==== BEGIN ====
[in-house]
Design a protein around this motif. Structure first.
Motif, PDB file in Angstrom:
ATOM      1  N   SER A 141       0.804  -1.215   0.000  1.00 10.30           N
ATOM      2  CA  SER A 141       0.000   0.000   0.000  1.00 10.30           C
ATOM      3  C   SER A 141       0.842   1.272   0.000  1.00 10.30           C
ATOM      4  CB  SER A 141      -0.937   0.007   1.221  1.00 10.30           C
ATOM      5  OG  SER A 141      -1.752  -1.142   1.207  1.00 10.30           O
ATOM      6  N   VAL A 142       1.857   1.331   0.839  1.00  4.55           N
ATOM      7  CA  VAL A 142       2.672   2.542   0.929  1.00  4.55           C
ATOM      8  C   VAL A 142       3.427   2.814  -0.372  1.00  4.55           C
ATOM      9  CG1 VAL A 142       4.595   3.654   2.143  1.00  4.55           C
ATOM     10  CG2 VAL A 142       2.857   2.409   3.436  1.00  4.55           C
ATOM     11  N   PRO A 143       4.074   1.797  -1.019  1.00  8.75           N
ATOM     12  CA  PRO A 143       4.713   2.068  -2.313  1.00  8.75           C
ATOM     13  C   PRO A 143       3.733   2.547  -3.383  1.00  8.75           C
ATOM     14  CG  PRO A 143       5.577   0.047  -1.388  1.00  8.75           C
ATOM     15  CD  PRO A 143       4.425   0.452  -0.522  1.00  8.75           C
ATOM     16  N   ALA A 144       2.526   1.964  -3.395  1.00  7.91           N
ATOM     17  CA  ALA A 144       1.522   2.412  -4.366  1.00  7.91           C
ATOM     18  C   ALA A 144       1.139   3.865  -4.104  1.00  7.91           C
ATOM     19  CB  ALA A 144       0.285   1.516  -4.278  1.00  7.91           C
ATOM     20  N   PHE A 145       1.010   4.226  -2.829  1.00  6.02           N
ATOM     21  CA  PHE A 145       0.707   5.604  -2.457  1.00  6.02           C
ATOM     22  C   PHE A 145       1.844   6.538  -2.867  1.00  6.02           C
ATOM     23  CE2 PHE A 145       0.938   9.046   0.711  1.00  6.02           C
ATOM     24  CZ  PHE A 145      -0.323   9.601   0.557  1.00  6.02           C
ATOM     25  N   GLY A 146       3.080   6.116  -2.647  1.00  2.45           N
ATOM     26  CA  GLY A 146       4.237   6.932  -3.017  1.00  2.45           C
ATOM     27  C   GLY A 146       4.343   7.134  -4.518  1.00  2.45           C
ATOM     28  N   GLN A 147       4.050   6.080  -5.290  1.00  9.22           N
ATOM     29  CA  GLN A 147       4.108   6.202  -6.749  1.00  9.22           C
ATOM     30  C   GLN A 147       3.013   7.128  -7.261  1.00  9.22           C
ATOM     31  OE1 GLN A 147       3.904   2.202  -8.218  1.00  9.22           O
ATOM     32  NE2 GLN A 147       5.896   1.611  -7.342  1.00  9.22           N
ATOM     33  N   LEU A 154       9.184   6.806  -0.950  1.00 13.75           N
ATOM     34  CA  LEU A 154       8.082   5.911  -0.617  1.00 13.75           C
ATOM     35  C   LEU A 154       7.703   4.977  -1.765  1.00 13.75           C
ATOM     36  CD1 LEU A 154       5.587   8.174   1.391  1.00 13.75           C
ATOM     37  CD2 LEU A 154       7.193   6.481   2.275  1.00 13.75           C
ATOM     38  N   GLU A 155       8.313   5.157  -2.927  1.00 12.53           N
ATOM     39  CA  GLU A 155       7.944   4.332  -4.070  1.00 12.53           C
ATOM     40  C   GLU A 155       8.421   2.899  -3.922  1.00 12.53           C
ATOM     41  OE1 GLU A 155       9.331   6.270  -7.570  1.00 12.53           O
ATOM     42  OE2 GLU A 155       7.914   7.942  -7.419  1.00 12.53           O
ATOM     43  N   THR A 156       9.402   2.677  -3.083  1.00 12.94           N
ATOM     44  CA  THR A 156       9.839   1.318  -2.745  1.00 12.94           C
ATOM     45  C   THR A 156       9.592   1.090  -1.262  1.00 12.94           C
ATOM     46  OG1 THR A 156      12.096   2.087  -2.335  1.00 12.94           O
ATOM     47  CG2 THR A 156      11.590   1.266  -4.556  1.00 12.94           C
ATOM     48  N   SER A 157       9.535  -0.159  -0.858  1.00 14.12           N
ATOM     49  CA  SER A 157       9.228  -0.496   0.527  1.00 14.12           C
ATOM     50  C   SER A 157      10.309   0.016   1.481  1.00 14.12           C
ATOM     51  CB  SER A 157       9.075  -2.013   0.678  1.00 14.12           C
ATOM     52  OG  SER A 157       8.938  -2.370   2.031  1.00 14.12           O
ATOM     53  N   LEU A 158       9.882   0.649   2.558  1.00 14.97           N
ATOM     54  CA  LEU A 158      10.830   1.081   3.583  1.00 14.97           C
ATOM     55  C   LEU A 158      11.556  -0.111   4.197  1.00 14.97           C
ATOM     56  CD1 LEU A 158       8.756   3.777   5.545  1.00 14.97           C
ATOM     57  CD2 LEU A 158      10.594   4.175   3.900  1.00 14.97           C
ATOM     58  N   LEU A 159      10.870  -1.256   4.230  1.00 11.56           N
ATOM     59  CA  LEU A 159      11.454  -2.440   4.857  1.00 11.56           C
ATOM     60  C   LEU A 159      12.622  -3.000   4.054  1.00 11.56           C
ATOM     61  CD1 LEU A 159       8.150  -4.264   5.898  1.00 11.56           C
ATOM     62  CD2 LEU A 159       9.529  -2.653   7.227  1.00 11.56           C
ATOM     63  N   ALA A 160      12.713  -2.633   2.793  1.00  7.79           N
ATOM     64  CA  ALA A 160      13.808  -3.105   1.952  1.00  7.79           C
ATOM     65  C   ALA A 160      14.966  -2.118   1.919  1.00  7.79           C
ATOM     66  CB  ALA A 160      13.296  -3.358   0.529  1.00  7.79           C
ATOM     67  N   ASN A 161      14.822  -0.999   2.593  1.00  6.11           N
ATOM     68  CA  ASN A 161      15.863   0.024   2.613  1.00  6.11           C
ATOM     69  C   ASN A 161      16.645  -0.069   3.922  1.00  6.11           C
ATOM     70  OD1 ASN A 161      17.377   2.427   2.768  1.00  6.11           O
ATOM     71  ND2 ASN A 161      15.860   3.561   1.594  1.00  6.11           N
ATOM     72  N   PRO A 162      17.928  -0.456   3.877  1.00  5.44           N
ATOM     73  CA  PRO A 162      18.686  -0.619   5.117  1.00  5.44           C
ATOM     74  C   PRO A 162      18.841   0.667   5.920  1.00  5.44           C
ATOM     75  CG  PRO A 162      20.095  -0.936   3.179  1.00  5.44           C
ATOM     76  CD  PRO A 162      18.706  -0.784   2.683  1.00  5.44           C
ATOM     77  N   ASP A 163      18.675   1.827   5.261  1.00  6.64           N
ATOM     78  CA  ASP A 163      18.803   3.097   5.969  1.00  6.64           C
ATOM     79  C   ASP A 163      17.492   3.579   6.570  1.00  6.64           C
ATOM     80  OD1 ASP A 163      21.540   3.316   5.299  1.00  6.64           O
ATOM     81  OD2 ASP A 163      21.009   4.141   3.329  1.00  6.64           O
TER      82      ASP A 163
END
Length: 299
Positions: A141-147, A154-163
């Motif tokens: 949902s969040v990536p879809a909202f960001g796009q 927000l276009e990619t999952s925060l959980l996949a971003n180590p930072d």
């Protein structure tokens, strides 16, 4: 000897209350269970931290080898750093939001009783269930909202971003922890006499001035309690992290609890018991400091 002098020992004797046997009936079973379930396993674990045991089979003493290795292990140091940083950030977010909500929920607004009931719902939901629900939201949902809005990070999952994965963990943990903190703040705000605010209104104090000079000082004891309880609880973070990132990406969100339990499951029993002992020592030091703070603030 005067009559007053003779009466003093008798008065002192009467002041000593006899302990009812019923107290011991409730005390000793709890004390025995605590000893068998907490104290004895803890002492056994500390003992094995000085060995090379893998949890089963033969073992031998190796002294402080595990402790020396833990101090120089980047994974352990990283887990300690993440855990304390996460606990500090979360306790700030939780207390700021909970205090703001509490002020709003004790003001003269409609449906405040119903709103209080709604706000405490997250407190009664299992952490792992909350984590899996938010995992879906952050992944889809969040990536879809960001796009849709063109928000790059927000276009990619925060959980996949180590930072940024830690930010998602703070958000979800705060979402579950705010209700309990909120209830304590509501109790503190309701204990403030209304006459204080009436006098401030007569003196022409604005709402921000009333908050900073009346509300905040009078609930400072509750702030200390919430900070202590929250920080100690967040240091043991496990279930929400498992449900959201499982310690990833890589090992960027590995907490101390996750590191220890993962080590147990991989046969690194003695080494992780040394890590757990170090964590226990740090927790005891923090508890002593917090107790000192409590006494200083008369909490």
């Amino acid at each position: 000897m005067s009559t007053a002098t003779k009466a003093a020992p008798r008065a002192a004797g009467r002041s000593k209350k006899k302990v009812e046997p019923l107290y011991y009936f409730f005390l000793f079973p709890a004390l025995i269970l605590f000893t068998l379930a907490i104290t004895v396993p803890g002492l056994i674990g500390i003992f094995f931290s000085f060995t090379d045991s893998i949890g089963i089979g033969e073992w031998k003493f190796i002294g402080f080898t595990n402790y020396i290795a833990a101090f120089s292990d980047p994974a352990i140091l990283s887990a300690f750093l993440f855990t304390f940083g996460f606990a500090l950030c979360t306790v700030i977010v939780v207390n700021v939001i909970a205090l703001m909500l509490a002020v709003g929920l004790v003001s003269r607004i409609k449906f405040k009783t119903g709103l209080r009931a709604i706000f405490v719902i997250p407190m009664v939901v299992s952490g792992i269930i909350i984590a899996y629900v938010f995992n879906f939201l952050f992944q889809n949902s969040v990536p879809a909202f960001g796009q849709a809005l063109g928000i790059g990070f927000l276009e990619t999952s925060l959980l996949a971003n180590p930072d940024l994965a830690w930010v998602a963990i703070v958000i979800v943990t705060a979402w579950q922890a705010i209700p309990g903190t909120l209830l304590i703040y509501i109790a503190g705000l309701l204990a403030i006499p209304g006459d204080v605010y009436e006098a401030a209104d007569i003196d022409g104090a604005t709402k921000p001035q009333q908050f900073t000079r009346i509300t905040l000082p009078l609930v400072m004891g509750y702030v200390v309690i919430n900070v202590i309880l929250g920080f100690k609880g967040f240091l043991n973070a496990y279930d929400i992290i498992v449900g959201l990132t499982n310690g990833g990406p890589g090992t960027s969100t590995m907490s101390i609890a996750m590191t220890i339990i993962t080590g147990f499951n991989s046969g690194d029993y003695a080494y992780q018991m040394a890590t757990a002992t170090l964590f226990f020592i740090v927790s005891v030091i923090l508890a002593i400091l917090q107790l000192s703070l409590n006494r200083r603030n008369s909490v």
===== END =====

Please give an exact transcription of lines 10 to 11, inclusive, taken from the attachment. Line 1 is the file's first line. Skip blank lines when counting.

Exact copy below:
ATOM      7  CA  VAL A 142       2.672   2.542   0.929  1.00  4.55           C
ATOM      8  C   VAL A 142       3.427   2.814  -0.372  1.00  4.55           C